They are a threat to patients safety [1-3]. The most effective strategy to combat HAIs in NICUs is deployment of collective action supporting commitment to change towards appropriate hand hygiene (HH) practices [4]. All Healthcare workers have a vital role in preventing HAIs through effective HH compliance culture [5]. Despite that, neonatal infections remain the main cause of morbidity, poor neurodevelopmental outcomes, as well as deaths among infants [6,7].Healthcare associated infections remain the major cause of complications that increase the average length of stay amongst NICU patients, since they need to be treated for such infections, and that may also increase the organisational costs [8-17].

The purpose of the article is examine hand hygiene self-assessment, perceptions and attitudes of health workers towards hand hygiene in Neonatal Intensive Care Unit

This study was conducted in Neonatal Intensive Care Unit, in a tertiary hospital in Saudi Arabia.172 Healthcare professionals(HPs) were recruited, comprising of registered nurses and doctors. The study was conducted during the period between February to July 2017.

Ethical considerations
Permission to embark upon the study was achieved thru approval of Health Research Ethics Committee (HREC) of Stellenbosch University. Protocol number S17/02/032. Further permission was sought from the Institutional Review Board of the organisation for approval for research to be conducted in the institution. Informed written consent were obtained from participants.

Study Design
A descriptive quantitative study was conducted by using self administrative questionnaire.

Study population and sampling strategy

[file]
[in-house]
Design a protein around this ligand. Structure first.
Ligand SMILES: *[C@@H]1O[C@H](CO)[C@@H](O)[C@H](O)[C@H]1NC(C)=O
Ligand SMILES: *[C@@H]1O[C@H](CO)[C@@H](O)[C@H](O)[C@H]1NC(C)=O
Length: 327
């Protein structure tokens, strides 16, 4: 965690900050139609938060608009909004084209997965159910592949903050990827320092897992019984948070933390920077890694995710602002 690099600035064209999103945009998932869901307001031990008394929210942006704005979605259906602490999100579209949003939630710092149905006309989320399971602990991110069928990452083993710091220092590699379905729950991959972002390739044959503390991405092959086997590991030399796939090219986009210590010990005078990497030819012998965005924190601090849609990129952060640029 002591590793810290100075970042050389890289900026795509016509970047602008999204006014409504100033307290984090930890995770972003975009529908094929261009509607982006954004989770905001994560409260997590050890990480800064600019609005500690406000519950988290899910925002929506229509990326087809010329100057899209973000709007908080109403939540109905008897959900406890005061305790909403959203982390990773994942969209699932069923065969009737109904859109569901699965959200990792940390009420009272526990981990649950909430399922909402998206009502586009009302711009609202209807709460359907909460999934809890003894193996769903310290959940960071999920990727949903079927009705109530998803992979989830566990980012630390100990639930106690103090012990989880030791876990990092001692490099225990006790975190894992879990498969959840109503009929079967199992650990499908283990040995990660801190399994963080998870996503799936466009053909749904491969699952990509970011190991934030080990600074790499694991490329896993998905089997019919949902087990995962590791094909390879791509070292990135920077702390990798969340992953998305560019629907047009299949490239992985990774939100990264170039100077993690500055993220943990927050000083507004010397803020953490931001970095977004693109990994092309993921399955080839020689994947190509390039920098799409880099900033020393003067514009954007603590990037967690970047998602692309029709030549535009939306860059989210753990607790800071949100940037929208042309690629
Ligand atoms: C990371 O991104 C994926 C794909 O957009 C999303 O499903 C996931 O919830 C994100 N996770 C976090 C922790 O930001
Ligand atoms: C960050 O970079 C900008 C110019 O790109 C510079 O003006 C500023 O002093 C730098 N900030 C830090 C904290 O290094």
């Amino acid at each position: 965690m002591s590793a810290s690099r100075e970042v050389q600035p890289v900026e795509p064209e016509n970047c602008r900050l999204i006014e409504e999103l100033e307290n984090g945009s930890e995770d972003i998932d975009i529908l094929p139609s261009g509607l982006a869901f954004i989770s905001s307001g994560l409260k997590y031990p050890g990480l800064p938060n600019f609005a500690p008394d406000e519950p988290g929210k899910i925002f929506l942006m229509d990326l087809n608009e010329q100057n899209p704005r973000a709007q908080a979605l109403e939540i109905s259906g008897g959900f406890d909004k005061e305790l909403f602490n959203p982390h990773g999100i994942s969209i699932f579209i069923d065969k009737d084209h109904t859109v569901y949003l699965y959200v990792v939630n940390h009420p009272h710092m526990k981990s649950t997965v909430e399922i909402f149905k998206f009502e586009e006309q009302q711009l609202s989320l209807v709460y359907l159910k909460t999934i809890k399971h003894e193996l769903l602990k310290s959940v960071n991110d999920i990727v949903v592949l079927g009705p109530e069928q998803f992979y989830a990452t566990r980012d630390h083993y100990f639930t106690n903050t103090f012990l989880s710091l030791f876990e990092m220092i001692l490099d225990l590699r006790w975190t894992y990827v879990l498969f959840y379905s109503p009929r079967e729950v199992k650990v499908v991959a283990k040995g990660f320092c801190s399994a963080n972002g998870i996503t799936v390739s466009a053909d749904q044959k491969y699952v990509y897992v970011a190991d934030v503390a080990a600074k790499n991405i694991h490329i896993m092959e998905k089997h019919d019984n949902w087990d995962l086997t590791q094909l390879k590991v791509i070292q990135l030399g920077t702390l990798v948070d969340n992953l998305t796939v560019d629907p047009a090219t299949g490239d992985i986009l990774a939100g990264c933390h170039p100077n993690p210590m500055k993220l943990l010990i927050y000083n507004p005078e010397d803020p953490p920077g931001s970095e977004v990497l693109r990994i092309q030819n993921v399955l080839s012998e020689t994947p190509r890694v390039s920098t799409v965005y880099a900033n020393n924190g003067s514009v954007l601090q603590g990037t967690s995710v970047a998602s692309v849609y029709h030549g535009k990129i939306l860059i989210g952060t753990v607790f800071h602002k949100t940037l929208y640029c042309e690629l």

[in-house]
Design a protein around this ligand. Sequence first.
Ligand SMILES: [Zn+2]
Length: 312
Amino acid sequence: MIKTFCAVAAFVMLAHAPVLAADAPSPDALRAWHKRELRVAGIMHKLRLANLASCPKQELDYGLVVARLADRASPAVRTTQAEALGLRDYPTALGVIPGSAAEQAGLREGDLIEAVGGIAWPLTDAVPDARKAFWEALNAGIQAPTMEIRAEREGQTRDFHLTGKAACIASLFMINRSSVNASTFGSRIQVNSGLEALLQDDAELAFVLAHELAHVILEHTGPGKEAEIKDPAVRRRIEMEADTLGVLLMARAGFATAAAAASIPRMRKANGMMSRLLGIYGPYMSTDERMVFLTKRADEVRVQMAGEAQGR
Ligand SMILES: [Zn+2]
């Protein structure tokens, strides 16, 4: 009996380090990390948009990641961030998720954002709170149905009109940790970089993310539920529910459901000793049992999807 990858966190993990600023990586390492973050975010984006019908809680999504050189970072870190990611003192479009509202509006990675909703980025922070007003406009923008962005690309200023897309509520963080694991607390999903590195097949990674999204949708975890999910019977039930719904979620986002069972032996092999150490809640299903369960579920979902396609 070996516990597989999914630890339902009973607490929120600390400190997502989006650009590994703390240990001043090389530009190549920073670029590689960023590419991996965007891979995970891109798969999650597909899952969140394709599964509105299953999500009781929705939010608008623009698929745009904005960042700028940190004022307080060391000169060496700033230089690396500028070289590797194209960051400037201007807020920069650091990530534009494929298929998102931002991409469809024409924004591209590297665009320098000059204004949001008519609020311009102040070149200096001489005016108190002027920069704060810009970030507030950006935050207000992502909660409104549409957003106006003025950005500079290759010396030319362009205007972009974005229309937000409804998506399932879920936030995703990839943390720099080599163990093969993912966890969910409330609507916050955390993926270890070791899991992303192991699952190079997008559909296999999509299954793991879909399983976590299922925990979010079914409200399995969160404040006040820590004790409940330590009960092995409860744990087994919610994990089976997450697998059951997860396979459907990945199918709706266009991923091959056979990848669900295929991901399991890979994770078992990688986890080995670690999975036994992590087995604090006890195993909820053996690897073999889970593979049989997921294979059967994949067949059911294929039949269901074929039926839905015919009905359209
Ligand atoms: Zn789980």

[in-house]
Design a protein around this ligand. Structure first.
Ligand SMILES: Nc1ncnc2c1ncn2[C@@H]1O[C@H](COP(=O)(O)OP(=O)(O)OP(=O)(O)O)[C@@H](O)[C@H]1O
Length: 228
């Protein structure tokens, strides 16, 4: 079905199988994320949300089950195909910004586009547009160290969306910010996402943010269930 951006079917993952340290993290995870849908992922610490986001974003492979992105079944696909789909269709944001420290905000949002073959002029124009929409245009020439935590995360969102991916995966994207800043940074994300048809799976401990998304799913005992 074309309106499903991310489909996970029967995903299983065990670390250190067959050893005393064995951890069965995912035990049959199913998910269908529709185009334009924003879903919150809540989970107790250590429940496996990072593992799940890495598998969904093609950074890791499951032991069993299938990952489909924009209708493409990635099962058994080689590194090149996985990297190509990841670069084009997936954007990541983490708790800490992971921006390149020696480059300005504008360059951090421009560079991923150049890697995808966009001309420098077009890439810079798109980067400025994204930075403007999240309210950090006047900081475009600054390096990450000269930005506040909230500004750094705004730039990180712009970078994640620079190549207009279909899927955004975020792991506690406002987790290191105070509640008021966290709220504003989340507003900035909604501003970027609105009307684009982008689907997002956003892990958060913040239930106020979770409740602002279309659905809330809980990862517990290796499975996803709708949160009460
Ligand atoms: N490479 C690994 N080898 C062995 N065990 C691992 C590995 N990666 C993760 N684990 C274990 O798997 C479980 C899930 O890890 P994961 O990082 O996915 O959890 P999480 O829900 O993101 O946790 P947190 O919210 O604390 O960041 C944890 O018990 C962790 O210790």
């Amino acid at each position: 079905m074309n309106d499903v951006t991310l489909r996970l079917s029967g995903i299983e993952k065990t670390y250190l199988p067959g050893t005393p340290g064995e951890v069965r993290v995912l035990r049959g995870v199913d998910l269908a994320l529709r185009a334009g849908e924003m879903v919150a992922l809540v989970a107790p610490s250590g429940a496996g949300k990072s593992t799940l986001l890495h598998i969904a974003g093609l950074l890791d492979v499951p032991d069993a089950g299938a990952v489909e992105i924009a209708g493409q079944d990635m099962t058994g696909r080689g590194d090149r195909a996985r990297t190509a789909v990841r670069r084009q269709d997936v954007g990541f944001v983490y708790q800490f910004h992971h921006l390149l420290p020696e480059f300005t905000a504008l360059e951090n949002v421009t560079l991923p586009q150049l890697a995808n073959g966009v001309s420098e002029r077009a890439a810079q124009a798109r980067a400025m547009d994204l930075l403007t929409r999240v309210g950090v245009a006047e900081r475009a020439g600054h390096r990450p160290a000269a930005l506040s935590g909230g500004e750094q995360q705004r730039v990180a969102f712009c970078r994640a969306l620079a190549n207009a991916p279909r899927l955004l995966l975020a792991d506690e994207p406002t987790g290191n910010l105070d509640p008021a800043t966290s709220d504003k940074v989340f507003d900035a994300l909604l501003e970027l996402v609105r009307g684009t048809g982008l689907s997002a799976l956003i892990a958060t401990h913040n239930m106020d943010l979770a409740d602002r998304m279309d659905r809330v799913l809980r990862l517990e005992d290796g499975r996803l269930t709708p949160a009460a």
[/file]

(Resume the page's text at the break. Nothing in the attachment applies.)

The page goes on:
The study population was all nursing staff (160) and medical (12) staff that are working in NICU. Total population was used and that involves all nurses and physicians who are employed fulltime in NICU and who have worked in the NICU department for a period of one year and above. The fact that the population was small the researcher decided to use the total population in the study. The participants name was picked electronically through organisation data scheduling. Each respondent was given a structured questionnaire. This was completed at their own time without interfering with the work activities. The researcher explained the purpose to the respondents, and reassuring them about the privacy and anonymity. An informed consent was obtained and the respondent was issued with envelopes place the answered questionnaires and seals the envelopes.

Data Analysis
Data was analysed, and descriptive statistics were used to describe the ability of the medical and nursing staff to effectively understand the importance and readiness to reduce HAIs in NICU. Data was entered in on Excel sheets and then analysed by the researcher using SPSS (Statistical Package for Social Sciences) version 22.0 2016.Descriptive analysis was used to examine all data. Quantitative data analysis technique was applied, and descriptive statistics were used to explain data. P value of less than 0.05 was considered as significant. A further analysis was applied to determine the statistical difference between variables [1-3].